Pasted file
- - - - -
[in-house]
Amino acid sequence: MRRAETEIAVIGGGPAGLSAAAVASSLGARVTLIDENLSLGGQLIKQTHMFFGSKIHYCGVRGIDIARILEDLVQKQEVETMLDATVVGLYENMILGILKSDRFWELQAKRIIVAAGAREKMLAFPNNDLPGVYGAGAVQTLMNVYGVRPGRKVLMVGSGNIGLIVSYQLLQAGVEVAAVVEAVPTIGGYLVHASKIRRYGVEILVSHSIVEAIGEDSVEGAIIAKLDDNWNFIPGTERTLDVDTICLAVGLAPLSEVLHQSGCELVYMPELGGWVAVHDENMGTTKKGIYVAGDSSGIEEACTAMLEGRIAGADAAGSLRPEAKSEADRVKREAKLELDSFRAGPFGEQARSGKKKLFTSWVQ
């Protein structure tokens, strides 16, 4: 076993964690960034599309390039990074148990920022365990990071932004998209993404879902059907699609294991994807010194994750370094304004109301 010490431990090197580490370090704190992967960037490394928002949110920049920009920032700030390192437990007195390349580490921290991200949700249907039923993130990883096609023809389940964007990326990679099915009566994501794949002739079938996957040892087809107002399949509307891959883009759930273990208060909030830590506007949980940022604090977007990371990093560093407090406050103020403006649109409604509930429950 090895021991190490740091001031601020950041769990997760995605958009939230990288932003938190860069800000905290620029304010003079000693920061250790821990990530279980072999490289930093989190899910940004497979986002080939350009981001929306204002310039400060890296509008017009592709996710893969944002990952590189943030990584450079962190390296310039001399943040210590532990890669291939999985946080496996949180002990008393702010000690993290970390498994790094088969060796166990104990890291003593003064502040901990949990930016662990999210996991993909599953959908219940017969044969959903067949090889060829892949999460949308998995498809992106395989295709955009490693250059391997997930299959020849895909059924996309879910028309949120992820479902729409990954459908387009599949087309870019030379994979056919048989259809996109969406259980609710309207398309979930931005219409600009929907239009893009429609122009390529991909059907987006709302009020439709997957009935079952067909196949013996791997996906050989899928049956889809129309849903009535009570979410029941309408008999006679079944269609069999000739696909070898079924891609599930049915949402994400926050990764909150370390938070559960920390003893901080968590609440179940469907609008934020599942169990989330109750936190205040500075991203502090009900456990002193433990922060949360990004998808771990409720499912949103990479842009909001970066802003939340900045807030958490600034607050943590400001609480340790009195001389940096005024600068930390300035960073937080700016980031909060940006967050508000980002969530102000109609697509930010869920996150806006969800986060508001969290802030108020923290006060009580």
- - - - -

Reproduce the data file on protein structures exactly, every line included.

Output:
[in-house]
Amino acid sequence: MRRAETEIAVIGGGPAGLSAAAVASSLGARVTLIDENLSLGGQLIKQTHMFFGSKIHYCGVRGIDIARILEDLVQKQEVETMLDATVVGLYENMILGILKSDRFWELQAKRIIVAAGAREKMLAFPNNDLPGVYGAGAVQTLMNVYGVRPGRKVLMVGSGNIGLIVSYQLLQAGVEVAAVVEAVPTIGGYLVHASKIRRYGVEILVSHSIVEAIGEDSVEGAIIAKLDDNWNFIPGTERTLDVDTICLAVGLAPLSEVLHQSGCELVYMPELGGWVAVHDENMGTTKKGIYVAGDSSGIEEACTAMLEGRIAGADAAGSLRPEAKSEADRVKREAKLELDSFRAGPFGEQARSGKKKLFTSWVQ
């Protein structure tokens, strides 16, 4: 076993964690960034599309390039990074148990920022365990990071932004998209993404879902059907699609294991994807010194994750370094304004109301 010490431990090197580490370090704190992967960037490394928002949110920049920009920032700030390192437990007195390349580490921290991200949700249907039923993130990883096609023809389940964007990326990679099915009566994501794949002739079938996957040892087809107002399949509307891959883009759930273990208060909030830590506007949980940022604090977007990371990093560093407090406050103020403006649109409604509930429950 090895021991190490740091001031601020950041769990997760995605958009939230990288932003938190860069800000905290620029304010003079000693920061250790821990990530279980072999490289930093989190899910940004497979986002080939350009981001929306204002310039400060890296509008017009592709996710893969944002990952590189943030990584450079962190390296310039001399943040210590532990890669291939999985946080496996949180002990008393702010000690993290970390498994790094088969060796166990104990890291003593003064502040901990949990930016662990999210996991993909599953959908219940017969044969959903067949090889060829892949999460949308998995498809992106395989295709955009490693250059391997997930299959020849895909059924996309879910028309949120992820479902729409990954459908387009599949087309870019030379994979056919048989259809996109969406259980609710309207398309979930931005219409600009929907239009893009429609122009390529991909059907987006709302009020439709997957009935079952067909196949013996791997996906050989899928049956889809129309849903009535009570979410029941309408008999006679079944269609069999000739696909070898079924891609599930049915949402994400926050990764909150370390938070559960920390003893901080968590609440179940469907609008934020599942169990989330109750936190205040500075991203502090009900456990002193433990922060949360990004998808771990409720499912949103990479842009909001970066802003939340900045807030958490600034607050943590400001609480340790009195001389940096005024600068930390300035960073937080700016980031909060940006967050508000980002969530102000109609697509930010869920996150806006969800986060508001969290802030108020923290006060009580």